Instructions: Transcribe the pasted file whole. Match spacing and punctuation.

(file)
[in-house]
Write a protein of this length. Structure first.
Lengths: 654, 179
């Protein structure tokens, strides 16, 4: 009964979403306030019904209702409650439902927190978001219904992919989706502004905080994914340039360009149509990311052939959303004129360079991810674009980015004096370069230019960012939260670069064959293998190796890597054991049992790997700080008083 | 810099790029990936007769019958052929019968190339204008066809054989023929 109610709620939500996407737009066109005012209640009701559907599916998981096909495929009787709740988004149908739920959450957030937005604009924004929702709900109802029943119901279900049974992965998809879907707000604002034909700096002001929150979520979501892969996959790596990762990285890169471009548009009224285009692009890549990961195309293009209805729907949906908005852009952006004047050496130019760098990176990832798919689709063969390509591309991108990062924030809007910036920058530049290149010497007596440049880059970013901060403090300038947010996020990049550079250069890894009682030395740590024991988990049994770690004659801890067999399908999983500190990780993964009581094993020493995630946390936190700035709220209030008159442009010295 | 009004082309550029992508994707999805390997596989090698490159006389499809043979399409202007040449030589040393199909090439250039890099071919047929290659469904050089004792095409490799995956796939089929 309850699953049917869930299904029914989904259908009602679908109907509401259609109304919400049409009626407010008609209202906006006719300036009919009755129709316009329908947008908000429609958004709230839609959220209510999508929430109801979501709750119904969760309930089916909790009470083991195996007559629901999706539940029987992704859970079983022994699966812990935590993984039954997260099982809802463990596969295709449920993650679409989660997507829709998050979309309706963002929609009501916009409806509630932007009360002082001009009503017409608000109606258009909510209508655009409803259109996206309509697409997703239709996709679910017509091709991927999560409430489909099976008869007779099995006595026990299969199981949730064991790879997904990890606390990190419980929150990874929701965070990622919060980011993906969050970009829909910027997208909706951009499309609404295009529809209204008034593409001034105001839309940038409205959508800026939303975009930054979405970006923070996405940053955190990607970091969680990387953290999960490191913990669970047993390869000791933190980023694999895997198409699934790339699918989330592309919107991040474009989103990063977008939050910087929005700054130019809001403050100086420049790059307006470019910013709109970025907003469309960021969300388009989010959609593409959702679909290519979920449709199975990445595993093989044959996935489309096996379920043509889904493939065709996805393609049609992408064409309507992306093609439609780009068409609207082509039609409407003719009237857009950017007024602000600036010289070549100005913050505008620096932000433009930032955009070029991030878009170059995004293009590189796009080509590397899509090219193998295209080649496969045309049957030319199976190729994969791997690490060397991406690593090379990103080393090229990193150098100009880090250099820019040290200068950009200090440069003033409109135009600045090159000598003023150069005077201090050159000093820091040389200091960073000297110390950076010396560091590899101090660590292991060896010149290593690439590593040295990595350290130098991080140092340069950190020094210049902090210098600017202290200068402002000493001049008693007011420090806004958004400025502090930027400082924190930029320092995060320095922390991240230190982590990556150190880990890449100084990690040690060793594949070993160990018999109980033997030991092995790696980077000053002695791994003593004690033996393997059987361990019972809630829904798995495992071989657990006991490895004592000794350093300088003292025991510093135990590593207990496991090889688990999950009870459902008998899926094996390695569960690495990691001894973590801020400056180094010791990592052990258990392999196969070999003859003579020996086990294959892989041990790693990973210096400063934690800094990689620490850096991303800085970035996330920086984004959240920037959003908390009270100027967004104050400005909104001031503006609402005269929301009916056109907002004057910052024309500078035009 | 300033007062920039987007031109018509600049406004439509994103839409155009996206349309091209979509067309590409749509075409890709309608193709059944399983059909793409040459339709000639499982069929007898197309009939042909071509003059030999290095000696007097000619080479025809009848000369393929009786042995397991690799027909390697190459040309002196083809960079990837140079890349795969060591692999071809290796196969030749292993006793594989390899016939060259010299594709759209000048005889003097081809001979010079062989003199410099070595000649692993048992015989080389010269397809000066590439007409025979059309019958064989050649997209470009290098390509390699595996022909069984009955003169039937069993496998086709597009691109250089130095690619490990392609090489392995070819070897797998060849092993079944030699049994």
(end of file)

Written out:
[in-house]
Write a protein of this length. Structure first.
Lengths: 654, 179
């Protein structure tokens, strides 16, 4: 009964979403306030019904209702409650439902927190978001219904992919989706502004905080994914340039360009149509990311052939959303004129360079991810674009980015004096370069230019960012939260670069064959293998190796890597054991049992790997700080008083 | 810099790029990936007769019958052929019968190339204008066809054989023929 109610709620939500996407737009066109005012209640009701559907599916998981096909495929009787709740988004149908739920959450957030937005604009924004929702709900109802029943119901279900049974992965998809879907707000604002034909700096002001929150979520979501892969996959790596990762990285890169471009548009009224285009692009890549990961195309293009209805729907949906908005852009952006004047050496130019760098990176990832798919689709063969390509591309991108990062924030809007910036920058530049290149010497007596440049880059970013901060403090300038947010996020990049550079250069890894009682030395740590024991988990049994770690004659801890067999399908999983500190990780993964009581094993020493995630946390936190700035709220209030008159442009010295 | 009004082309550029992508994707999805390997596989090698490159006389499809043979399409202007040449030589040393199909090439250039890099071919047929290659469904050089004792095409490799995956796939089929 309850699953049917869930299904029914989904259908009602679908109907509401259609109304919400049409009626407010008609209202906006006719300036009919009755129709316009329908947008908000429609958004709230839609959220209510999508929430109801979501709750119904969760309930089916909790009470083991195996007559629901999706539940029987992704859970079983022994699966812990935590993984039954997260099982809802463990596969295709449920993650679409989660997507829709998050979309309706963002929609009501916009409806509630932007009360002082001009009503017409608000109606258009909510209508655009409803259109996206309509697409997703239709996709679910017509091709991927999560409430489909099976008869007779099995006595026990299969199981949730064991790879997904990890606390990190419980929150990874929701965070990622919060980011993906969050970009829909910027997208909706951009499309609404295009529809209204008034593409001034105001839309940038409205959508800026939303975009930054979405970006923070996405940053955190990607970091969680990387953290999960490191913990669970047993390869000791933190980023694999895997198409699934790339699918989330592309919107991040474009989103990063977008939050910087929005700054130019809001403050100086420049790059307006470019910013709109970025907003469309960021969300388009989010959609593409959702679909290519979920449709199975990445595993093989044959996935489309096996379920043509889904493939065709996805393609049609992408064409309507992306093609439609780009068409609207082509039609409407003719009237857009950017007024602000600036010289070549100005913050505008620096932000433009930032955009070029991030878009170059995004293009590189796009080509590397899509090219193998295209080649496969045309049957030319199976190729994969791997690490060397991406690593090379990103080393090229990193150098100009880090250099820019040290200068950009200090440069003033409109135009600045090159000598003023150069005077201090050159000093820091040389200091960073000297110390950076010396560091590899101090660590292991060896010149290593690439590593040295990595350290130098991080140092340069950190020094210049902090210098600017202290200068402002000493001049008693007011420090806004958004400025502090930027400082924190930029320092995060320095922390991240230190982590990556150190880990890449100084990690040690060793594949070993160990018999109980033997030991092995790696980077000053002695791994003593004690033996393997059987361990019972809630829904798995495992071989657990006991490895004592000794350093300088003292025991510093135990590593207990496991090889688990999950009870459902008998899926094996390695569960690495990691001894973590801020400056180094010791990592052990258990392999196969070999003859003579020996086990294959892989041990790693990973210096400063934690800094990689620490850096991303800085970035996330920086984004959240920037959003908390009270100027967004104050400005909104001031503006609402005269929301009916056109907002004057910052024309500078035009 | 300033007062920039987007031109018509600049406004439509994103839409155009996206349309091209979509067309590409749509075409890709309608193709059944399983059909793409040459339709000639499982069929007898197309009939042909071509003059030999290095000696007097000619080479025809009848000369393929009786042995397991690799027909390697190459040309002196083809960079990837140079890349795969060591692999071809290796196969030749292993006793594989390899016939060259010299594709759209000048005889003097081809001979010079062989003199410099070595000649692993048992015989080389010269397809000066590439007409025979059309019958064989050649997209470009290098390509390699595996022909069984009955003169039937069993496998086709597009691109250089130095690619490990392609090489392995070819070897797998060849092993079944030699049994």